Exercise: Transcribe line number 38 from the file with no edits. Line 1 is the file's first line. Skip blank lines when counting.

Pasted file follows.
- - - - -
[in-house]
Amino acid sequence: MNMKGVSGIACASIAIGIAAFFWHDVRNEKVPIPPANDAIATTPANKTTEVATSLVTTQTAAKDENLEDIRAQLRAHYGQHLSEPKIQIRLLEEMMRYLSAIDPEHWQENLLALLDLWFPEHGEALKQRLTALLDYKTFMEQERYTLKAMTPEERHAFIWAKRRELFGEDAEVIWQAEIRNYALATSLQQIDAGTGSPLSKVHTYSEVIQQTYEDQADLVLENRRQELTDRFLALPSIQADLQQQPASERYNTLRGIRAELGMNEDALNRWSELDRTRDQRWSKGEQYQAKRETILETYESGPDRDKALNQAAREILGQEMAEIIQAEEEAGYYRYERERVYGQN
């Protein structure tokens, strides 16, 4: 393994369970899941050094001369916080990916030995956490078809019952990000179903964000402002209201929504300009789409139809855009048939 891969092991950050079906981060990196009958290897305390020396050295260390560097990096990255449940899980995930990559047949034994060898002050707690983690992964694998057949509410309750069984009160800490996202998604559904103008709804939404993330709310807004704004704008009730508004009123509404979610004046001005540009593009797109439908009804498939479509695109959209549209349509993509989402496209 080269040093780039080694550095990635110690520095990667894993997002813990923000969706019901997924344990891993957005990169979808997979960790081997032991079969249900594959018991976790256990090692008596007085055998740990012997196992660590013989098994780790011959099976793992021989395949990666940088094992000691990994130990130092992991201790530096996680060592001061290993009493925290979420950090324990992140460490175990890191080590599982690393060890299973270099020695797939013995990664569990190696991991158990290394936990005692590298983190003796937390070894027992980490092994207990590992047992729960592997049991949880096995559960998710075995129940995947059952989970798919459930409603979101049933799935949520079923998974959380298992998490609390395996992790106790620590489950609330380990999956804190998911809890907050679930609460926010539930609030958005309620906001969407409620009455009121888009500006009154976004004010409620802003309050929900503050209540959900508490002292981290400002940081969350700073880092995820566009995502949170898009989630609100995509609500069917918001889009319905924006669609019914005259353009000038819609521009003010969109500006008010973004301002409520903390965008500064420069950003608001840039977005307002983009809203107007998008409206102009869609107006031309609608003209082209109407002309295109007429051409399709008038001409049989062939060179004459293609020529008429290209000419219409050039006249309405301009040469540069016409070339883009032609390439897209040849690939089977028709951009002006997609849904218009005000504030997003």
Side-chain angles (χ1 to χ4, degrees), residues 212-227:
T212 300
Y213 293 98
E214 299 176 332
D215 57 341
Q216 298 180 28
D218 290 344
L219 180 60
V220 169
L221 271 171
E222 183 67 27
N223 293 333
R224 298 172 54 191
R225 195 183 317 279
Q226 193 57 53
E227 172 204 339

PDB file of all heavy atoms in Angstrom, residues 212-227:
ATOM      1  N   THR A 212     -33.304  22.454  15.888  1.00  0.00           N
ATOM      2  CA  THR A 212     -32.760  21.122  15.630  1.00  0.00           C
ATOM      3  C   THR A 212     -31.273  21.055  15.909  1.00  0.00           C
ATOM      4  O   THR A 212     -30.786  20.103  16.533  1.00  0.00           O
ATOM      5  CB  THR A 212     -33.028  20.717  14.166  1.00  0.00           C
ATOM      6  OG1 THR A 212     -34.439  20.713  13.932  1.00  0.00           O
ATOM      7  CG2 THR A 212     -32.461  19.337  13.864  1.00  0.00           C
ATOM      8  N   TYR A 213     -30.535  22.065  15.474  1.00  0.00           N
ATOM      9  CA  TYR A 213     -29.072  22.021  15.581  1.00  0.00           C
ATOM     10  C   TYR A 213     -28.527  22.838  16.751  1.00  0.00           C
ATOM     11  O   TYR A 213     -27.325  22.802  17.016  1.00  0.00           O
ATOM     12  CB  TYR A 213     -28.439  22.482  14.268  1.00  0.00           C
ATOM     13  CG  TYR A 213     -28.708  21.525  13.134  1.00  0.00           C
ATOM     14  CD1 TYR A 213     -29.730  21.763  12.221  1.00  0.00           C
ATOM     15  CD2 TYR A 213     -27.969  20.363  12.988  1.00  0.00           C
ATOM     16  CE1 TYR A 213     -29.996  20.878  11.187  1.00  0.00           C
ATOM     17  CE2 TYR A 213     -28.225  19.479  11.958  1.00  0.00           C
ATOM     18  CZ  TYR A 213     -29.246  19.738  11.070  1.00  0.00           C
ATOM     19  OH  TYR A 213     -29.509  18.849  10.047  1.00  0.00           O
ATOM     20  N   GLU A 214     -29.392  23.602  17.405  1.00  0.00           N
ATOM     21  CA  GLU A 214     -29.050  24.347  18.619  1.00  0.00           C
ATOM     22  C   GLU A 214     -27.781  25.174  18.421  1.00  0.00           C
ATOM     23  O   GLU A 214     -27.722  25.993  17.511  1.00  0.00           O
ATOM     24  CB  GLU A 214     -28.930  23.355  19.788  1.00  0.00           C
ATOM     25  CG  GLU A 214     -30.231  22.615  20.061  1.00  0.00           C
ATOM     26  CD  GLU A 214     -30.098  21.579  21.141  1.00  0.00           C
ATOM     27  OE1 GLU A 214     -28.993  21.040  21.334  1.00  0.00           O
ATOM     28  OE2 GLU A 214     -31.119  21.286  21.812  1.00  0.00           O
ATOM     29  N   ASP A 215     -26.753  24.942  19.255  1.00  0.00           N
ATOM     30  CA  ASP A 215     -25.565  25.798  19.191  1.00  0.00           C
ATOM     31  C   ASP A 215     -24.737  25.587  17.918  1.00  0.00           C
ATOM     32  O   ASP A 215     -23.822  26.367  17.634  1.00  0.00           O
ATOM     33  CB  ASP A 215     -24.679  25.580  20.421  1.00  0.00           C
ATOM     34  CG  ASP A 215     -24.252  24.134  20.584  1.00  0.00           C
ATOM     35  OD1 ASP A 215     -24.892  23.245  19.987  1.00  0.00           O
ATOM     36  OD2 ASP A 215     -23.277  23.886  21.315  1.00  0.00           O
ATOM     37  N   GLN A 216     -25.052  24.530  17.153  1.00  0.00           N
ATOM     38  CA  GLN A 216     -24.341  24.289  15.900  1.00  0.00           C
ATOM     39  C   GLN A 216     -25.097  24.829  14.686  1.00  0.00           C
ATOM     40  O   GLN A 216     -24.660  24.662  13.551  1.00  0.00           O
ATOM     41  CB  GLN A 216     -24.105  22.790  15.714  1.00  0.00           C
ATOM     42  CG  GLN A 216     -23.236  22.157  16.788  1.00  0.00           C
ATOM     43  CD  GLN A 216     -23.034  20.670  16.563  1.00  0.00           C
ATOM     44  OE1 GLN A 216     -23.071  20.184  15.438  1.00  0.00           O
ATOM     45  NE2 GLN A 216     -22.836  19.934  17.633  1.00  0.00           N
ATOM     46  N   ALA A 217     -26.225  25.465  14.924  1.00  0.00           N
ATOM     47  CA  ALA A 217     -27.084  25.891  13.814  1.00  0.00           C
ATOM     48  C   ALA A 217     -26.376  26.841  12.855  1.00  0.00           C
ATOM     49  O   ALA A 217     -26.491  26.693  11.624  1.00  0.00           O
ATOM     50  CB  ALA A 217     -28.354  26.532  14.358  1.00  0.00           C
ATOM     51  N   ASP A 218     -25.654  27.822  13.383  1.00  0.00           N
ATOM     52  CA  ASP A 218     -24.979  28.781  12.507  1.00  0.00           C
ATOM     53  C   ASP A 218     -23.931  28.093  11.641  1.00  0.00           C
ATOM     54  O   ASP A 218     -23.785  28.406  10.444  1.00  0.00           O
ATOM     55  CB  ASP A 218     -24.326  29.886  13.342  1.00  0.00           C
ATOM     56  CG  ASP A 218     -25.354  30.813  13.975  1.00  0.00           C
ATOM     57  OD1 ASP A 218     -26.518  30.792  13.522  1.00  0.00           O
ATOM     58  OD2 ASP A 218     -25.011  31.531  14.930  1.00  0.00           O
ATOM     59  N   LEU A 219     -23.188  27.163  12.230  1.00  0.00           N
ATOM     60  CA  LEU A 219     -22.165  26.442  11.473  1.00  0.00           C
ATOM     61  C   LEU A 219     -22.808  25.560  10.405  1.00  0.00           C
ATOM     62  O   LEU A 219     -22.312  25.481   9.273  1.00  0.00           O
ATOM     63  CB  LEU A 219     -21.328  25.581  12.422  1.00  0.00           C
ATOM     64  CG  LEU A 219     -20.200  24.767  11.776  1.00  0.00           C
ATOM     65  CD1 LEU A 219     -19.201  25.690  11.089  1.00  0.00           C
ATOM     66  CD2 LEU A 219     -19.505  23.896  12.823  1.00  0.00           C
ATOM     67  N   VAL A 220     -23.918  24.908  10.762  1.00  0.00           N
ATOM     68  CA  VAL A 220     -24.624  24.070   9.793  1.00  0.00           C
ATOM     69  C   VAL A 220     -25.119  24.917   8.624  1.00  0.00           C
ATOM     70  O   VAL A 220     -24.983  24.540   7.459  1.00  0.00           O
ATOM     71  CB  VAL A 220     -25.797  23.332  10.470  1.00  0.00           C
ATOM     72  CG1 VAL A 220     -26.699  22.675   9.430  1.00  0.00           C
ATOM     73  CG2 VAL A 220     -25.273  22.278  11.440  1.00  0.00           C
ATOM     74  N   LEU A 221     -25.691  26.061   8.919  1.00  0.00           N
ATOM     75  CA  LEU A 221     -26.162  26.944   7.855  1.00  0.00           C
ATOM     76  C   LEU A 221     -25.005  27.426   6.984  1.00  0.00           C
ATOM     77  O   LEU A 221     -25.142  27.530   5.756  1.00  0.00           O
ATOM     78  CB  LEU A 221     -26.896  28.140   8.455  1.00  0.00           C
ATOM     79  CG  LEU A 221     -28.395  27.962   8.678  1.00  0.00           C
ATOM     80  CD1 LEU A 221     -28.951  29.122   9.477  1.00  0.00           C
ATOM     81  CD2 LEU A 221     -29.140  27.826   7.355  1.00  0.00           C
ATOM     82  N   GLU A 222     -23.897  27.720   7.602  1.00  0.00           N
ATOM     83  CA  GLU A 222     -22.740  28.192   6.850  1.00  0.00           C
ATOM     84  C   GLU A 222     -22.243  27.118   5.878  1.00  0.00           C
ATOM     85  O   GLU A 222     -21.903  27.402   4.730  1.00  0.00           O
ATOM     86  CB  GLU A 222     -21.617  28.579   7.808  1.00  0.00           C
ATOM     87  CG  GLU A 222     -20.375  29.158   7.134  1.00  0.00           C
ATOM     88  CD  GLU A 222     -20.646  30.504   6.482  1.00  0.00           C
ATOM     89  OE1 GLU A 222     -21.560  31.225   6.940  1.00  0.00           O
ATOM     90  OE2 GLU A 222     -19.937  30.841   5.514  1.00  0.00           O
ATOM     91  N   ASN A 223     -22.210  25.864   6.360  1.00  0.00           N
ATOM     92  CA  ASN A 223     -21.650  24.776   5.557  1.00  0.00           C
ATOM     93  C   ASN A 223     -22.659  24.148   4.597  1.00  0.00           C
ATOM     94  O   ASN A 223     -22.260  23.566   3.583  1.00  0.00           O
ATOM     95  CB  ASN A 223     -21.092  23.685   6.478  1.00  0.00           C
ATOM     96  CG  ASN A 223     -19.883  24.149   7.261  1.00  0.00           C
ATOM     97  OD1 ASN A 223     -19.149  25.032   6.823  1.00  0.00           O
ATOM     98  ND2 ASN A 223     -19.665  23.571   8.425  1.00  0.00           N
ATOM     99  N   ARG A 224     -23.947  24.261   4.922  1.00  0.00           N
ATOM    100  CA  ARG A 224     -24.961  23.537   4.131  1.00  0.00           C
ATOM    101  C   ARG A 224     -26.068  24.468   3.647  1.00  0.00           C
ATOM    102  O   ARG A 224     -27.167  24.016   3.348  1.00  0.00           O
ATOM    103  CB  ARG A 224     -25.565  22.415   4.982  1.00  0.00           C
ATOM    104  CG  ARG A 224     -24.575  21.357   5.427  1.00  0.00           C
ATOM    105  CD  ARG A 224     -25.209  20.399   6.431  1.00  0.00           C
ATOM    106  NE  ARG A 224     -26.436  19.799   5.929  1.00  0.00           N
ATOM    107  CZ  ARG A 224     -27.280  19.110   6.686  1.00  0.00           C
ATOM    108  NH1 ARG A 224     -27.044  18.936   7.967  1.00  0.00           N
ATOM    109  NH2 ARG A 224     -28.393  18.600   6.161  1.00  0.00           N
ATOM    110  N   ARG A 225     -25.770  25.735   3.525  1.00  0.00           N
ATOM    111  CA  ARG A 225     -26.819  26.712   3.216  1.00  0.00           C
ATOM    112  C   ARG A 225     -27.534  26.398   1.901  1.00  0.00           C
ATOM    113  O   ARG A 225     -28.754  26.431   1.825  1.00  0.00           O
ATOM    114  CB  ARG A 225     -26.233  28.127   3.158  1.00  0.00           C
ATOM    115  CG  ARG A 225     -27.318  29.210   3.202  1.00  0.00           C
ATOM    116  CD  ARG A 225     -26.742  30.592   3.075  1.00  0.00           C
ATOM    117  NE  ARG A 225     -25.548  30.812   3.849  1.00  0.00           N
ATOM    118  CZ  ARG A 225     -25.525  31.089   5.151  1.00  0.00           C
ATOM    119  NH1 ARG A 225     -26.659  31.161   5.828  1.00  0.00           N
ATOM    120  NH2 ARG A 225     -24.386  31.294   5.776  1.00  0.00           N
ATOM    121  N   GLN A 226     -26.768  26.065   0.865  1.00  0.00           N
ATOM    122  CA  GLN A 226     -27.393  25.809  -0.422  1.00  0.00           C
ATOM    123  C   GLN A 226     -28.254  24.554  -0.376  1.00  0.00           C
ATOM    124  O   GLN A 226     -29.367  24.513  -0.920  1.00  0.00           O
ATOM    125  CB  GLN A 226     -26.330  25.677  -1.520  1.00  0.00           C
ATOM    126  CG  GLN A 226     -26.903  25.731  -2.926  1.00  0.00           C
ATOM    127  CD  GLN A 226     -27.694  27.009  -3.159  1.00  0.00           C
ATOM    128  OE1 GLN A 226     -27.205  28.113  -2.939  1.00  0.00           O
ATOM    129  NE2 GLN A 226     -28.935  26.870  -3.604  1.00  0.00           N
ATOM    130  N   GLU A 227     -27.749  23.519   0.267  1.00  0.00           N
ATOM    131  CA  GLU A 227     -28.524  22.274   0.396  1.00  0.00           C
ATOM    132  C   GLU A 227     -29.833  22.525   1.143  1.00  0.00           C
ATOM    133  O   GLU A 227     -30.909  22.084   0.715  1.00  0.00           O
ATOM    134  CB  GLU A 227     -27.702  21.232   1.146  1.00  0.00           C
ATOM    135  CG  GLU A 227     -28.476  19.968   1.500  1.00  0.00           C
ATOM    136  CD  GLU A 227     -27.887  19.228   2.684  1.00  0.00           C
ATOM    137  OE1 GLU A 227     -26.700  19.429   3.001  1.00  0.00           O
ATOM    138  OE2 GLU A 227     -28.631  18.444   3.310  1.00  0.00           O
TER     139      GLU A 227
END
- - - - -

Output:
ATOM     18  CZ  TYR A 213     -29.246  19.738  11.070  1.00  0.00           C